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Wind turbine debate churns in Clarence 

Credit:  By George Richert, News 4 Reporter | March 10, 2015 | wivb.com ~~

CLARENCE, N. Y. – It’s a ‘Right to Farm’ community, but is a wind turbine really a ‘farm machine’.

That’s part of the debate that the Clarence Zoning Board of Appeals might decide at Tuesday evening’s meeting.

The owners of Thompson Brothers Greenhouse on Clarence Center Road spend about a thousand dollars a month in electricity to keep those plants warm. They say if they could build a wind turbine, it would pay for itself in a couple years.

“I think it’s the wave of the future,” Dawn Trippie, who co-owns the greenhouse with her husband Ken Thompson, said.

“Well, I’m the third generation operating this farm, and I see it as a way to go green. Everybody wants to go green.” said Thompson. He was there long before dozens of patio homes were built across Clarence Center Road a few years ago, but some of those homeowners don’t to want to look at a 133 foot wind turbine.

Neighbor Thom Palmer points out that it would be more than twice the size of the 60 foot height limit allowed in the Town of Clarence.

“A hundred and thirty feet. The height of a 12 story office building in the middle of a field. You have a visual impact with the blade turning, you also have a sound impact,” said Palmer.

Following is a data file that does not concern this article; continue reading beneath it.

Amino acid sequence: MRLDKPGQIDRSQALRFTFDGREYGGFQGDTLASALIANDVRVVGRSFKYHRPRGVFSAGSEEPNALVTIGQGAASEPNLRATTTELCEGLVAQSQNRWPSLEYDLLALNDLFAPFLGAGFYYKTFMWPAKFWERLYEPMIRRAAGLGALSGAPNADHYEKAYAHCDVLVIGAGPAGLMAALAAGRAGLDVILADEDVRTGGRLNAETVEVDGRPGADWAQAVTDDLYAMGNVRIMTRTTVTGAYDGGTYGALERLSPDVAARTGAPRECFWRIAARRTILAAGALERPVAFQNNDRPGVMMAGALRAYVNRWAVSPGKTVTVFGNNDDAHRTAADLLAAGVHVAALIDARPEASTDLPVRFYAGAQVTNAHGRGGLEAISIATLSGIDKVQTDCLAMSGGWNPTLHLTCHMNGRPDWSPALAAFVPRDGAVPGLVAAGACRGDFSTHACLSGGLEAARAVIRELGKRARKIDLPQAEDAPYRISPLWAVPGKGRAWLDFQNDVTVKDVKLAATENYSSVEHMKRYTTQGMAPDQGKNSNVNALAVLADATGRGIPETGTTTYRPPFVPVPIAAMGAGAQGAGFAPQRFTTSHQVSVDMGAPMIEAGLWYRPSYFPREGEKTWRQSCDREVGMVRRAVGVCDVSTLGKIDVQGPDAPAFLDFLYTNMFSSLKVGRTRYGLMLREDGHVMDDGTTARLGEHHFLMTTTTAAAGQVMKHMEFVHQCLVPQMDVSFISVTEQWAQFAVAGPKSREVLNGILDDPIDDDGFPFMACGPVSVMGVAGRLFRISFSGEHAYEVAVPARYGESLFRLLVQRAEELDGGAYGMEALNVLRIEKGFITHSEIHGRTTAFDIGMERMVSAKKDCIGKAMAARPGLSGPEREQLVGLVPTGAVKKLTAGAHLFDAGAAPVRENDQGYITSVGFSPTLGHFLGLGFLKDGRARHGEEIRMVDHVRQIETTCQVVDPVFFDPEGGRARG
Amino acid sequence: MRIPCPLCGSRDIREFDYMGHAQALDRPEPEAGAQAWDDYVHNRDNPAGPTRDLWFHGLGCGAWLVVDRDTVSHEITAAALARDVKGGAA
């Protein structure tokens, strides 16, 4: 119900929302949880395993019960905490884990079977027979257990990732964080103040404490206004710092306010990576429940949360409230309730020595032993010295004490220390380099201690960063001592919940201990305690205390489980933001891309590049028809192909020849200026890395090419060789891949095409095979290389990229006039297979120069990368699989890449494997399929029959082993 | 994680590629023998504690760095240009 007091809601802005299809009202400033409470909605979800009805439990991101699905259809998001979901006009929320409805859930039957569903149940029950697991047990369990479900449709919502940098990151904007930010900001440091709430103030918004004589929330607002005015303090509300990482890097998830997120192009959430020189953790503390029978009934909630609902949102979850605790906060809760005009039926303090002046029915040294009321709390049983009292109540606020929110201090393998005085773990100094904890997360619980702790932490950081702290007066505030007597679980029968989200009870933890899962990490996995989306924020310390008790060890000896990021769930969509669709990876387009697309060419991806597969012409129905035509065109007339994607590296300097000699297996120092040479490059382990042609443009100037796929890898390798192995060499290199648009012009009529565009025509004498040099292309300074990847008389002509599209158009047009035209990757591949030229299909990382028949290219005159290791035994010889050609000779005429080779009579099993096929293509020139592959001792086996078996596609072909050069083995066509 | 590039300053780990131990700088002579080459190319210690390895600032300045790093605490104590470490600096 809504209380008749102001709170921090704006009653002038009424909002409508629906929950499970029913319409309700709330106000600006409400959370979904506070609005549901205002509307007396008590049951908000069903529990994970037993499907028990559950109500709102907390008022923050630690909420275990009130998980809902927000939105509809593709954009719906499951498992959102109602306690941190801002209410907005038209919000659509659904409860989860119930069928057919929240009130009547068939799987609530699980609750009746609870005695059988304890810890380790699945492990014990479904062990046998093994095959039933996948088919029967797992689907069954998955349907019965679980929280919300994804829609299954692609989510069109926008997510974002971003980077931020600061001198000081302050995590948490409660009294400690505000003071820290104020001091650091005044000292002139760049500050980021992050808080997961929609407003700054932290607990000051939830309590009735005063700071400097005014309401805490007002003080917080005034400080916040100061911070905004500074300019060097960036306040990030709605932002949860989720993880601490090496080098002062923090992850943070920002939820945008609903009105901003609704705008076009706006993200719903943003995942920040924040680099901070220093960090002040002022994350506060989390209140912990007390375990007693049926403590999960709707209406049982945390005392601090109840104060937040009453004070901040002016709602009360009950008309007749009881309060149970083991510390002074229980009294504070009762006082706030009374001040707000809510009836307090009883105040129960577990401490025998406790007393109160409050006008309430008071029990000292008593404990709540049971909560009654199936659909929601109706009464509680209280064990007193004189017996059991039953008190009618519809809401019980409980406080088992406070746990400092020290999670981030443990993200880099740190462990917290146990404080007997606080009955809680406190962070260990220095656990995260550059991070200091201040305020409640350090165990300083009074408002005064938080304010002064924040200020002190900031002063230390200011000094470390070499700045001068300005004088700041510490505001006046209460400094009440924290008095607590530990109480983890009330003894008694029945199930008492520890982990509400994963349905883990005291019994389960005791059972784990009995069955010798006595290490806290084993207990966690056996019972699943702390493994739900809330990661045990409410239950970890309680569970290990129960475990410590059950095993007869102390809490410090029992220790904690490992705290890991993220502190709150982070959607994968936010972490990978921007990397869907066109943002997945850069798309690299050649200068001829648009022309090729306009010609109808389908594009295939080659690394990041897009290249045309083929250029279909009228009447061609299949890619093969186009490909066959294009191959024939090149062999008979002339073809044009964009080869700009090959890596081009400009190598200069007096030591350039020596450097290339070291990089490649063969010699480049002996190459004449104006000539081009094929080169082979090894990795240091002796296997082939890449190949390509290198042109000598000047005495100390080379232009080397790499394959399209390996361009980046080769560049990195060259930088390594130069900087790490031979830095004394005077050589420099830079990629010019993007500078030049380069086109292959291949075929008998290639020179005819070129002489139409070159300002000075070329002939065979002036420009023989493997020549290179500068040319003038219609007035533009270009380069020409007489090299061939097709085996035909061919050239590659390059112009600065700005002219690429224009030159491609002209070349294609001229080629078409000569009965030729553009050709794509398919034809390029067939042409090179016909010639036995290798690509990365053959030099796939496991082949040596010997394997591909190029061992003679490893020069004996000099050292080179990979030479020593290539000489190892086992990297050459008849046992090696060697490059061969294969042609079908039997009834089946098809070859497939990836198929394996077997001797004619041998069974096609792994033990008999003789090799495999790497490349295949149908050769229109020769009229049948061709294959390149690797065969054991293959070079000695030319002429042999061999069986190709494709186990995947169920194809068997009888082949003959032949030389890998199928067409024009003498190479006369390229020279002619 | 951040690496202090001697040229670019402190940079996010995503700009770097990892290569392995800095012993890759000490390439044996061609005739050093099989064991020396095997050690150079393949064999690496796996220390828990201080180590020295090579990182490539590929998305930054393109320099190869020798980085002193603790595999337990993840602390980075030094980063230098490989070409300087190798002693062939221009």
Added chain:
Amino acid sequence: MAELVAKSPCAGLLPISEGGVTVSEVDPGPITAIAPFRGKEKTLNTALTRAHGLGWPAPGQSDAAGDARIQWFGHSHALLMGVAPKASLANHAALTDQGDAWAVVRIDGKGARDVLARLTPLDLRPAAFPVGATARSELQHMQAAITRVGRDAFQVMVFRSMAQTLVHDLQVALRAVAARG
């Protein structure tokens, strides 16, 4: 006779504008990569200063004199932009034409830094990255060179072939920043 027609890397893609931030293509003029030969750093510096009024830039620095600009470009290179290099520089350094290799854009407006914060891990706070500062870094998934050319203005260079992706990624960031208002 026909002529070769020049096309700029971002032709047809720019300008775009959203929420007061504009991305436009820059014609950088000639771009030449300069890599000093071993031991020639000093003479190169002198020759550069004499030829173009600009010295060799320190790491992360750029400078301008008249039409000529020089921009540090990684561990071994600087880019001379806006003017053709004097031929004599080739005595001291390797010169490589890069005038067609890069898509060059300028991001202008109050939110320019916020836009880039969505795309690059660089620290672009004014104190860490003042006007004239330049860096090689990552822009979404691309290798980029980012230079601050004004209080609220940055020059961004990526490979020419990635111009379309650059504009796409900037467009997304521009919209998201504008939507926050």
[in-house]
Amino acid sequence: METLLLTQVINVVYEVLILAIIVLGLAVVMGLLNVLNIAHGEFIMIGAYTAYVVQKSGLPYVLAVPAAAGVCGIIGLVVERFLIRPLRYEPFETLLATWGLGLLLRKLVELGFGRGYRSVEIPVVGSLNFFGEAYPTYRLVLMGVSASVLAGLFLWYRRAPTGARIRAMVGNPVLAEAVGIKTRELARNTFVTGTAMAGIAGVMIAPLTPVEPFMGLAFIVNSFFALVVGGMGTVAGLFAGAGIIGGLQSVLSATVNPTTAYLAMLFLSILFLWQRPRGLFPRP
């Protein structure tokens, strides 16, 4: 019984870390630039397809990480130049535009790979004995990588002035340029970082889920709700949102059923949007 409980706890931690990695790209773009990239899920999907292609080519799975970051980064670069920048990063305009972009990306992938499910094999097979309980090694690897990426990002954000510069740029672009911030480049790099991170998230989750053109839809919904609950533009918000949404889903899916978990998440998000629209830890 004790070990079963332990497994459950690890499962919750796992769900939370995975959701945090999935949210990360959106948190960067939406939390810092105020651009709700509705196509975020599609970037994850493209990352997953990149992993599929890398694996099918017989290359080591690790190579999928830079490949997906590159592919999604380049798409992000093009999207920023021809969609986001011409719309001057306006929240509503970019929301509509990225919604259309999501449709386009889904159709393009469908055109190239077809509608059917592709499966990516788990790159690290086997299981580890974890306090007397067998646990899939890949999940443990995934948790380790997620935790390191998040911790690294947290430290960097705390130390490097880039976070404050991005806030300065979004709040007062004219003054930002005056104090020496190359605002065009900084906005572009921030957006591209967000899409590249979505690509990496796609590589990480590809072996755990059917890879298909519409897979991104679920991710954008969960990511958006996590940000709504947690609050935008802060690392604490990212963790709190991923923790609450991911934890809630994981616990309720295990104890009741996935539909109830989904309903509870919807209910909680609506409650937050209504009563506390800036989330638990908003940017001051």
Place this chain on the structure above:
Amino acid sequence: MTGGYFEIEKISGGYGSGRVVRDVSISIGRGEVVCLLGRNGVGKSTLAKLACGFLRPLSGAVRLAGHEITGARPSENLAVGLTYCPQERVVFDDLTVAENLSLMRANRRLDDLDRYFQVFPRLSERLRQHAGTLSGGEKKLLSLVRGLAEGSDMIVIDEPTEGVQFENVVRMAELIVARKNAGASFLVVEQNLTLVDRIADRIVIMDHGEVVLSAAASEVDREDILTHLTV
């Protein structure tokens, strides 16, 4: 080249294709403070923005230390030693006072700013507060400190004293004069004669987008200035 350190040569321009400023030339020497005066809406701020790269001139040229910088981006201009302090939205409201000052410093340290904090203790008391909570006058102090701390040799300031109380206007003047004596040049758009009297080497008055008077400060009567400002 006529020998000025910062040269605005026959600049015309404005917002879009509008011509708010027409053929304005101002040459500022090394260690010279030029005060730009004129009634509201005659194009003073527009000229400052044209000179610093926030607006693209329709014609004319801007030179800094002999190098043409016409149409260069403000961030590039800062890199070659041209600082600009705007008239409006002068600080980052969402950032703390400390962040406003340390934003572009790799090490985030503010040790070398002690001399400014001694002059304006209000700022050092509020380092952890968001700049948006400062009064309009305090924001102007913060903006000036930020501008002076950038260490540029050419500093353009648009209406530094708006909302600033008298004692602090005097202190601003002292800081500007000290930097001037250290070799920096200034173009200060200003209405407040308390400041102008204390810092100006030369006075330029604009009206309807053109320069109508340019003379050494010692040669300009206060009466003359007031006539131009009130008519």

Last year, the Clarence Zoning Board of Appeals allowed one the same size on Salt Road where there were fewer neighbors.

At Tuesday night’s meeting, the board will consider allowing one closer to Clarence Center.

“The Department of Agriculture and Markets has done an investigation and ruled that it is a piece of farm equipment,” says Trippie. “If the Town denies us, they’re being unduly restrictive to my right to farm laws.”

Source:  By George Richert, News 4 Reporter | March 10, 2015 | wivb.com

This article is the work of the source indicated. Any opinions expressed in it are not necessarily those of National Wind Watch.

The copyright of this article resides with the author or publisher indicated. As part of its noncommercial educational effort to present the environmental, social, scientific, and economic issues of large-scale wind power development to a global audience seeking such information, National Wind Watch endeavors to observe “fair use” as provided for in section 107 of U.S. Copyright Law and similar “fair dealing” provisions of the copyright laws of other nations. Send requests to excerpt, general inquiries, and comments via e-mail.

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